Capt. David Pytlik, Connecticut National Guard
1 / 2 Show Caption + Hide Caption – U.S. Marines serve as the "Red Team" for Cyber Yankee at Joint Base Cape Code, MA, June 14-18, 2021. Cyber Yankee is a regional cybersecurity exercise designed to promote interoperability of National Guard cyber operators among the New England states and build readiness to respond to network attacks. (Photo Credit: Capt. David Pytlik) VIEW ORIGINAL
Capt. David Pytlik, Connecticut National Guard
2 / 2 Show Caption + Hide Caption – Lt. Col. Cameron Sprague, deputy exercise director for Cyber Yankee, addresses the exercise controllers and distinguished visitors at the exercise on Joint Base Cape Code, MA, June 14-18, 2021. Cyber Yankee is a regional cybersecurity exercise designed to promote interoperability of National Guard cyber operators among the New England states and build readiness to respond to network attacks. (Photo Credit: Capt. David Pytlik) VIEW ORIGINAL

HARTFORD, Conn. – Cyber Soldiers and Airmen from around New England gathered June 14-18 at Joint Base Cape Cod to participate in the seventh annual Cyber Yankee cybersecurity exercise.

The exercise pitted Marines and Marine Reservists as the “Red Team” against “Blue Teams” comprised of Guard members and industry partners representing critical infrastructure sectors, such as power, water and gas companies. The goal was to enhance the cyber warriors’ ability to thwart malicious actors in the digital space.

The battlefield of choice is known as Persistent Cyber Training Environment, a cyber range tailored to look and feel like a typical utility company. Simulated email and web traffic provided realistic concealment for the red team to carry out attacks.

Blue teams helped industry partners identify unusual activity to uncover attacks and malicious programs, mitigate the attacks, and determine the scope of the damage, attack vector, and most likely culprit.

As the week unfolded, the threats increased and malicious actors made their intentions known. What may have started early in the scenario as a network penetration became a deliberate attack delivered by a red team “inject.”

The exercise planners paid careful attention to the master spreadsheet of injects to be carried out over the week. To move the plot along and help the blue teams determine attribution, the white cell (exercise controllers) provided different intelligence items and news stories, curating the experience. Based on how an individual blue team was doing, the white cell either pushed the timeline forward or slowed it down.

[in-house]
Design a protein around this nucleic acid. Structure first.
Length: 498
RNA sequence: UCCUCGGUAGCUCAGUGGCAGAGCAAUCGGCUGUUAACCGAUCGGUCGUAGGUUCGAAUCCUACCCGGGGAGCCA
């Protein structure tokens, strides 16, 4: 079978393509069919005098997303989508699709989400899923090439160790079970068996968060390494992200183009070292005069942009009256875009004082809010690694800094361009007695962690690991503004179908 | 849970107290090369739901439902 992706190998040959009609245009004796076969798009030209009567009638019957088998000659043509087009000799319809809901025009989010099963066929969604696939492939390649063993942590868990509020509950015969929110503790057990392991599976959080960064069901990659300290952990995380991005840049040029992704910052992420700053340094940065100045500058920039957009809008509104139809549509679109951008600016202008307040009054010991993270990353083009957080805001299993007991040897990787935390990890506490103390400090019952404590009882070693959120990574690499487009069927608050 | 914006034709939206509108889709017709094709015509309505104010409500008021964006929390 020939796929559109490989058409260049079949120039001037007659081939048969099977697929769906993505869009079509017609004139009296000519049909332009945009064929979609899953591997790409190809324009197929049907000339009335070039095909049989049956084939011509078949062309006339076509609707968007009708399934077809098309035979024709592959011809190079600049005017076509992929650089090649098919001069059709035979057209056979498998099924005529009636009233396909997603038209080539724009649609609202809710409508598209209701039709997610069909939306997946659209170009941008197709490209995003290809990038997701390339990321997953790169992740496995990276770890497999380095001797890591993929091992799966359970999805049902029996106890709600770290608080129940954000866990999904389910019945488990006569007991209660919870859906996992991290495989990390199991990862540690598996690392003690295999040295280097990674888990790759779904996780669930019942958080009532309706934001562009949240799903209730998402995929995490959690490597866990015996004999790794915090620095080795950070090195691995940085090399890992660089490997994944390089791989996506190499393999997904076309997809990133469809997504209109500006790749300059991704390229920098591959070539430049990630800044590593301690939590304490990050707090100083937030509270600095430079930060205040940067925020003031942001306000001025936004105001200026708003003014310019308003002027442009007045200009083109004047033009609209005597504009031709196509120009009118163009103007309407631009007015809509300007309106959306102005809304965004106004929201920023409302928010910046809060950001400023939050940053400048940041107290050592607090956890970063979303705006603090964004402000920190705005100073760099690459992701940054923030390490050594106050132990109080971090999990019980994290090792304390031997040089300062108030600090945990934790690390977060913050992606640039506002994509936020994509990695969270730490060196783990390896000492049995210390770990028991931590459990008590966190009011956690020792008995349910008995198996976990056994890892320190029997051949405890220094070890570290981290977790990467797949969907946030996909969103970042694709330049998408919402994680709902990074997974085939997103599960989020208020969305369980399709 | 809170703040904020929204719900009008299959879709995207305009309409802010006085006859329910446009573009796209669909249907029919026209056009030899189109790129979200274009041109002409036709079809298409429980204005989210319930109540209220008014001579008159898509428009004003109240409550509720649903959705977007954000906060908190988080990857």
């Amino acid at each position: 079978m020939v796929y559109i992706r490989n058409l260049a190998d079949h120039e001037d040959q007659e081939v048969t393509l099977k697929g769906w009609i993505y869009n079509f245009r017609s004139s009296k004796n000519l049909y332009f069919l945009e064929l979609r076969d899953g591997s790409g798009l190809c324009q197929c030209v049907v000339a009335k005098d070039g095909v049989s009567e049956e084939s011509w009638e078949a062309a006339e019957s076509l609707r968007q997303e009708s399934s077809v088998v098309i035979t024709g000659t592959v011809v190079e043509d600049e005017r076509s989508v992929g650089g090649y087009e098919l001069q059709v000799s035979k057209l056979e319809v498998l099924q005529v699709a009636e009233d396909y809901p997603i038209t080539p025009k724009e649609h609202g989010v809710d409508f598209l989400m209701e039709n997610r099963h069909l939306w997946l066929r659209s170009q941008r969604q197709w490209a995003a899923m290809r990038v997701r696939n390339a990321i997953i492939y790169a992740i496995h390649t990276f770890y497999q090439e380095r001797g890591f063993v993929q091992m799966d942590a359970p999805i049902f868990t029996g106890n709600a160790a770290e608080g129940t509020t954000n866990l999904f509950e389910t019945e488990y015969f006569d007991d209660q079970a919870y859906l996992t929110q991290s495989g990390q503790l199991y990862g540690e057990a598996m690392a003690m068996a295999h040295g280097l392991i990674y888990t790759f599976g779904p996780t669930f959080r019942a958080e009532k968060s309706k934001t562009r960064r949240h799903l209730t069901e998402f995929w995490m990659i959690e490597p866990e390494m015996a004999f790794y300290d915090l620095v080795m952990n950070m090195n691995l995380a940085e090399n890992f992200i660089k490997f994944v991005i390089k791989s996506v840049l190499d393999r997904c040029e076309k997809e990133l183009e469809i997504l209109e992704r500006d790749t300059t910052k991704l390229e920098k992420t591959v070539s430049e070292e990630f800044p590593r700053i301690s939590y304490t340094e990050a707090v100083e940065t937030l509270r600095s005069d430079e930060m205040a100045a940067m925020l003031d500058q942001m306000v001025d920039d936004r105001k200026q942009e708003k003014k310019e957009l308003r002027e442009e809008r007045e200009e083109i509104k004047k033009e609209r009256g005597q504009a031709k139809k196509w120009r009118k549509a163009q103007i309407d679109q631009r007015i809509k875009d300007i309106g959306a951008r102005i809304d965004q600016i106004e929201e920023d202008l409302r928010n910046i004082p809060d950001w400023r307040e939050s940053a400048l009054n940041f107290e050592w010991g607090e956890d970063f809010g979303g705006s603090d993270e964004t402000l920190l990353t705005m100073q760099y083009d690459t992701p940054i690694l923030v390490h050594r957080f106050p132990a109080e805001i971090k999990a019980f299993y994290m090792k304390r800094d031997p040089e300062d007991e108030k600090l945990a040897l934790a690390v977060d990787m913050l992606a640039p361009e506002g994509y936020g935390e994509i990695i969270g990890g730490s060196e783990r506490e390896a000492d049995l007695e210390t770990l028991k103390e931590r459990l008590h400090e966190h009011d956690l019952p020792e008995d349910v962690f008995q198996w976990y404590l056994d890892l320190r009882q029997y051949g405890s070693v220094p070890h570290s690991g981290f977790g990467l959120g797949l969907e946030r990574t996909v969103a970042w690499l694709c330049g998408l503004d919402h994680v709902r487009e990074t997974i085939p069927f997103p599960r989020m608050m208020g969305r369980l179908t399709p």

Though the scenario featured the notional competitor state “Miteopia,” its proxies and unaffiliated cybercriminals, these types of adversarial forces mirror threats in the real world the past year.

In recent years, the National Guard has become a first responder to cyberattacks. In Connecticut, this played out after a vicious ransomware attack on the City of Hartford. The Vermont National Guard responded to a ransomware attack on the University of Vermont Medical Center.

“[We’ve been doing this] since 1636,” said Brig. Gen. John Driscoll, Massachusetts land component commander. “This is just the next phase of the operation. This is about reassuring the public.”

Typically, real attacks occur on state or local networks or private companies. The Guard role is limited to what the host allows.

Given the gray nature of cyber operations, each blue team brought legal counsel to advise each step of the way. The judge advocate generals (JAGs) drafted memorandums of agreement, updating them as warranted. In real life, having these prepared ahead of time, tailored to either a business or public agency, speeds the response.

Cyber Yankee, a regional event that complements more extensive nationwide exercises, also hosted federal participants from the Department of Homeland Security-Cybersecurity and Infrastructure Security Agency (DHS-CISA) and the Federal Energy Regulatory Commission.

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